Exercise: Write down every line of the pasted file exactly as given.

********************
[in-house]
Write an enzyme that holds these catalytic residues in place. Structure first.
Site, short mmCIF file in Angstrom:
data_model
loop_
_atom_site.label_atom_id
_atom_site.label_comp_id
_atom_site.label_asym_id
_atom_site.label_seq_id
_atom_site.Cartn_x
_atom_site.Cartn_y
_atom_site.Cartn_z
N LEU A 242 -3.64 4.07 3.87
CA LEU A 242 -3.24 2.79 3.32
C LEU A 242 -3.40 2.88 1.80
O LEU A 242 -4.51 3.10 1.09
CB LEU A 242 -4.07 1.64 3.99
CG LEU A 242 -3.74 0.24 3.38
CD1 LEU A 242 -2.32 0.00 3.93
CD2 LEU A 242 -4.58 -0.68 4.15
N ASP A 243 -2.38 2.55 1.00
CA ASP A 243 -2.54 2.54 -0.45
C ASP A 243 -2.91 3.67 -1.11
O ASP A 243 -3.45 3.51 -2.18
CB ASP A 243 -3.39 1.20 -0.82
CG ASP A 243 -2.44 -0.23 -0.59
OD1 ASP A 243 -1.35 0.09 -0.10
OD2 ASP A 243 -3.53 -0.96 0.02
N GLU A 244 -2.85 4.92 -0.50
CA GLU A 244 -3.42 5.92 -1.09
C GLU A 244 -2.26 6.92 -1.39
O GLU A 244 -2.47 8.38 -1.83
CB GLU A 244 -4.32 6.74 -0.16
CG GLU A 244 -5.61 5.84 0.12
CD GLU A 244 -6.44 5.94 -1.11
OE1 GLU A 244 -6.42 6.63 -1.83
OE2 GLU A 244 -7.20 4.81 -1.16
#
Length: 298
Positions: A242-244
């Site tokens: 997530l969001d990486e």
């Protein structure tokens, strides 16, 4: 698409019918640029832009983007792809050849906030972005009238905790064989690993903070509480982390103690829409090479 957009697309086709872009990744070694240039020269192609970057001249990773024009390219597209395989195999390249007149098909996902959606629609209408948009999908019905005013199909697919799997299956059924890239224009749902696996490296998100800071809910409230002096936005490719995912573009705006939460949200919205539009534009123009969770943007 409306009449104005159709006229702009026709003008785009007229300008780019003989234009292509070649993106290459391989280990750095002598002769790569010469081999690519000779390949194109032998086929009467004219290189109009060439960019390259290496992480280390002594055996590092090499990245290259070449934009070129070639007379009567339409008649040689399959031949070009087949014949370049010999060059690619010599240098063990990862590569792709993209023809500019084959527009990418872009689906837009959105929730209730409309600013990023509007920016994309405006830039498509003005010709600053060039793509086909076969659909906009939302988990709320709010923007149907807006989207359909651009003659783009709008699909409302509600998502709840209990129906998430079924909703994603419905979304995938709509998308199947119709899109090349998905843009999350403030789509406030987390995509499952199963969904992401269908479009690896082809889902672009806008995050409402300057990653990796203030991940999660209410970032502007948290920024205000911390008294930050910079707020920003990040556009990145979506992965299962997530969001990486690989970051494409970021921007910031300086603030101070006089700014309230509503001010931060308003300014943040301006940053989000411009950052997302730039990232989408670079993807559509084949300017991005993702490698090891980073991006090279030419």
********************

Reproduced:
[in-house]
Write an enzyme that holds these catalytic residues in place. Structure first.
Site, short mmCIF file in Angstrom:
data_model
loop_
_atom_site.label_atom_id
_atom_site.label_comp_id
_atom_site.label_asym_id
_atom_site.label_seq_id
_atom_site.Cartn_x
_atom_site.Cartn_y
_atom_site.Cartn_z
N LEU A 242 -3.64 4.07 3.87
CA LEU A 242 -3.24 2.79 3.32
C LEU A 242 -3.40 2.88 1.80
O LEU A 242 -4.51 3.10 1.09
CB LEU A 242 -4.07 1.64 3.99
CG LEU A 242 -3.74 0.24 3.38
CD1 LEU A 242 -2.32 0.00 3.93
CD2 LEU A 242 -4.58 -0.68 4.15
N ASP A 243 -2.38 2.55 1.00
CA ASP A 243 -2.54 2.54 -0.45
C ASP A 243 -2.91 3.67 -1.11
O ASP A 243 -3.45 3.51 -2.18
CB ASP A 243 -3.39 1.20 -0.82
CG ASP A 243 -2.44 -0.23 -0.59
OD1 ASP A 243 -1.35 0.09 -0.10
OD2 ASP A 243 -3.53 -0.96 0.02
N GLU A 244 -2.85 4.92 -0.50
CA GLU A 244 -3.42 5.92 -1.09
C GLU A 244 -2.26 6.92 -1.39
O GLU A 244 -2.47 8.38 -1.83
CB GLU A 244 -4.32 6.74 -0.16
CG GLU A 244 -5.61 5.84 0.12
CD GLU A 244 -6.44 5.94 -1.11
OE1 GLU A 244 -6.42 6.63 -1.83
OE2 GLU A 244 -7.20 4.81 -1.16
#
Length: 298
Positions: A242-244
């Site tokens: 997530l969001d990486e």
């Protein structure tokens, strides 16, 4: 698409019918640029832009983007792809050849906030972005009238905790064989690993903070509480982390103690829409090479 957009697309086709872009990744070694240039020269192609970057001249990773024009390219597209395989195999390249007149098909996902959606629609209408948009999908019905005013199909697919799997299956059924890239224009749902696996490296998100800071809910409230002096936005490719995912573009705006939460949200919205539009534009123009969770943007 409306009449104005159709006229702009026709003008785009007229300008780019003989234009292509070649993106290459391989280990750095002598002769790569010469081999690519000779390949194109032998086929009467004219290189109009060439960019390259290496992480280390002594055996590092090499990245290259070449934009070129070639007379009567339409008649040689399959031949070009087949014949370049010999060059690619010599240098063990990862590569792709993209023809500019084959527009990418872009689906837009959105929730209730409309600013990023509007920016994309405006830039498509003005010709600053060039793509086909076969659909906009939302988990709320709010923007149907807006989207359909651009003659783009709008699909409302509600998502709840209990129906998430079924909703994603419905979304995938709509998308199947119709899109090349998905843009999350403030789509406030987390995509499952199963969904992401269908479009690896082809889902672009806008995050409402300057990653990796203030991940999660209410970032502007948290920024205000911390008294930050910079707020920003990040556009990145979506992965299962997530969001990486690989970051494409970021921007910031300086603030101070006089700014309230509503001010931060308003300014943040301006940053989000411009950052997302730039990232989408670079993807559509084949300017991005993702490698090891980073991006090279030419």